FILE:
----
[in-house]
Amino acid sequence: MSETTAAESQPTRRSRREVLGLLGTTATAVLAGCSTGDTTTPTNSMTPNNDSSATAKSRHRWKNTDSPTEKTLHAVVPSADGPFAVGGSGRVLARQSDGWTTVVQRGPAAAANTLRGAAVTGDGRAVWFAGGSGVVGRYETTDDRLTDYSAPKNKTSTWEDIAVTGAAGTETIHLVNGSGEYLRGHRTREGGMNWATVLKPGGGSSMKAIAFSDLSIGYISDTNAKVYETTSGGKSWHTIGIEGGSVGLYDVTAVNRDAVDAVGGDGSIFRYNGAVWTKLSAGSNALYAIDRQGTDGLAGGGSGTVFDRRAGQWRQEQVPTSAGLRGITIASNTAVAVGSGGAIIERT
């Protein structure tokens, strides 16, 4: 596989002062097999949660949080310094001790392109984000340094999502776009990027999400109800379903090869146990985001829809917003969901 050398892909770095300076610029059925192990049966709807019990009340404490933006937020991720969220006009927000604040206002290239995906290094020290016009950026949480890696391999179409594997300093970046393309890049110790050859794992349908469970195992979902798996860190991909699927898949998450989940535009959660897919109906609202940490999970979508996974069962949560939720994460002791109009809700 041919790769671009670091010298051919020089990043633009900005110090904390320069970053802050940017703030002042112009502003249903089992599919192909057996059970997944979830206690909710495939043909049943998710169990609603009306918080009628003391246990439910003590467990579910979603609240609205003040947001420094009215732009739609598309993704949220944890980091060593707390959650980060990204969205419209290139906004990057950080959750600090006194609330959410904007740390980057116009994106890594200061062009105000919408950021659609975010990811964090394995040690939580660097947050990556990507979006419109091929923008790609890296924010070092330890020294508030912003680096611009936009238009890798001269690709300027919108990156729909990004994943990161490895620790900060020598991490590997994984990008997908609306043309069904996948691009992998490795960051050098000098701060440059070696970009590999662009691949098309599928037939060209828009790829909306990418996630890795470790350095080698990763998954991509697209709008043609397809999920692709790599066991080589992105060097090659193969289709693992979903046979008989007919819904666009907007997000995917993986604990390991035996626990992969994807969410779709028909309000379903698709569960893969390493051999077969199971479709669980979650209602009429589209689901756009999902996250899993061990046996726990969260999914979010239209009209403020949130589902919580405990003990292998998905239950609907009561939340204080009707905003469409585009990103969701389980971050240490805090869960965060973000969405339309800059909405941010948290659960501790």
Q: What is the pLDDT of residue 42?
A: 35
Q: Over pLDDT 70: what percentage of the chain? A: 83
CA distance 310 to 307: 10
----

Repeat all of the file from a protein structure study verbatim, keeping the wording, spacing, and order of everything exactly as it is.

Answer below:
[in-house]
Amino acid sequence: MSETTAAESQPTRRSRREVLGLLGTTATAVLAGCSTGDTTTPTNSMTPNNDSSATAKSRHRWKNTDSPTEKTLHAVVPSADGPFAVGGSGRVLARQSDGWTTVVQRGPAAAANTLRGAAVTGDGRAVWFAGGSGVVGRYETTDDRLTDYSAPKNKTSTWEDIAVTGAAGTETIHLVNGSGEYLRGHRTREGGMNWATVLKPGGGSSMKAIAFSDLSIGYISDTNAKVYETTSGGKSWHTIGIEGGSVGLYDVTAVNRDAVDAVGGDGSIFRYNGAVWTKLSAGSNALYAIDRQGTDGLAGGGSGTVFDRRAGQWRQEQVPTSAGLRGITIASNTAVAVGSGGAIIERT
């Protein structure tokens, strides 16, 4: 596989002062097999949660949080310094001790392109984000340094999502776009990027999400109800379903090869146990985001829809917003969901 050398892909770095300076610029059925192990049966709807019990009340404490933006937020991720969220006009927000604040206002290239995906290094020290016009950026949480890696391999179409594997300093970046393309890049110790050859794992349908469970195992979902798996860190991909699927898949998450989940535009959660897919109906609202940490999970979508996974069962949560939720994460002791109009809700 041919790769671009670091010298051919020089990043633009900005110090904390320069970053802050940017703030002042112009502003249903089992599919192909057996059970997944979830206690909710495939043909049943998710169990609603009306918080009628003391246990439910003590467990579910979603609240609205003040947001420094009215732009739609598309993704949220944890980091060593707390959650980060990204969205419209290139906004990057950080959750600090006194609330959410904007740390980057116009994106890594200061062009105000919408950021659609975010990811964090394995040690939580660097947050990556990507979006419109091929923008790609890296924010070092330890020294508030912003680096611009936009238009890798001269690709300027919108990156729909990004994943990161490895620790900060020598991490590997994984990008997908609306043309069904996948691009992998490795960051050098000098701060440059070696970009590999662009691949098309599928037939060209828009790829909306990418996630890795470790350095080698990763998954991509697209709008043609397809999920692709790599066991080589992105060097090659193969289709693992979903046979008989007919819904666009907007997000995917993986604990390991035996626990992969994807969410779709028909309000379903698709569960893969390493051999077969199971479709669980979650209602009429589209689901756009999902996250899993061990046996726990969260999914979010239209009209403020949130589902919580405990003990292998998905239950609907009561939340204080009707905003469409585009990103969701389980971050240490805090869960965060973000969405339309800059909405941010948290659960501790």
Q: What is the pLDDT of residue 42?
A: 35
Q: Over pLDDT 70: what percentage of the chain? A: 83
CA distance 310 to 307: 10